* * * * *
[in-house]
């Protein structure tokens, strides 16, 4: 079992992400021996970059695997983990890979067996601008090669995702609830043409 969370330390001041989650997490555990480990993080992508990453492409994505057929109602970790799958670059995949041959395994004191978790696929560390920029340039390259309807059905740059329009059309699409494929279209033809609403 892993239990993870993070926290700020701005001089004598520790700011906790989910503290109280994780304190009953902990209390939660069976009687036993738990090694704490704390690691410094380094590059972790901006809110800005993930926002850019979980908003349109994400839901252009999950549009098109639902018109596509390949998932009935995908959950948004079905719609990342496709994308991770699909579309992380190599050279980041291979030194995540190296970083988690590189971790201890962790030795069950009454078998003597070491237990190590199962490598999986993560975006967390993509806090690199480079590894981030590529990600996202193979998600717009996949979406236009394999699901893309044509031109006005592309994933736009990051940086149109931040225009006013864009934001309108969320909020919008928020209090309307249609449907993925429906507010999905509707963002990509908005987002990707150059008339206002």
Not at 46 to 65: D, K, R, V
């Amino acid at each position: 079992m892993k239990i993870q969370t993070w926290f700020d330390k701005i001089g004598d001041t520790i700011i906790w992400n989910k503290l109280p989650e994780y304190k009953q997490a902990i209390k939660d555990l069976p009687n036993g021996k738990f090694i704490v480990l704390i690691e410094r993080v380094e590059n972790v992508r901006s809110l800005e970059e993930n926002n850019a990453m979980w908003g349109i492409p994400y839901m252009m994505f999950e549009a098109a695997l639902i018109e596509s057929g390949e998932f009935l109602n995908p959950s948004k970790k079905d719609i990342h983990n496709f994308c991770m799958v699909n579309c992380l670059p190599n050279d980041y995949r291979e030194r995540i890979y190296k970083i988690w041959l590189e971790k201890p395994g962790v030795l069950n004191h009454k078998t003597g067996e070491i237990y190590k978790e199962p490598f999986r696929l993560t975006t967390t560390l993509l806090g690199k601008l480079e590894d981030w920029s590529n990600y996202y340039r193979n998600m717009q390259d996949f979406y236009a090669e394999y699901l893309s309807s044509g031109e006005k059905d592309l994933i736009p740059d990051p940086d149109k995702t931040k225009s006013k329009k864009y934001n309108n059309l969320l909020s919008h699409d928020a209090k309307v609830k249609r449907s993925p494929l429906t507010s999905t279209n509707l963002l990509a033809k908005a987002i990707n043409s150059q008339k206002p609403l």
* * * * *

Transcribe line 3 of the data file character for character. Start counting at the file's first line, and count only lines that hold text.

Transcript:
Not at 46 to 65: D, K, R, V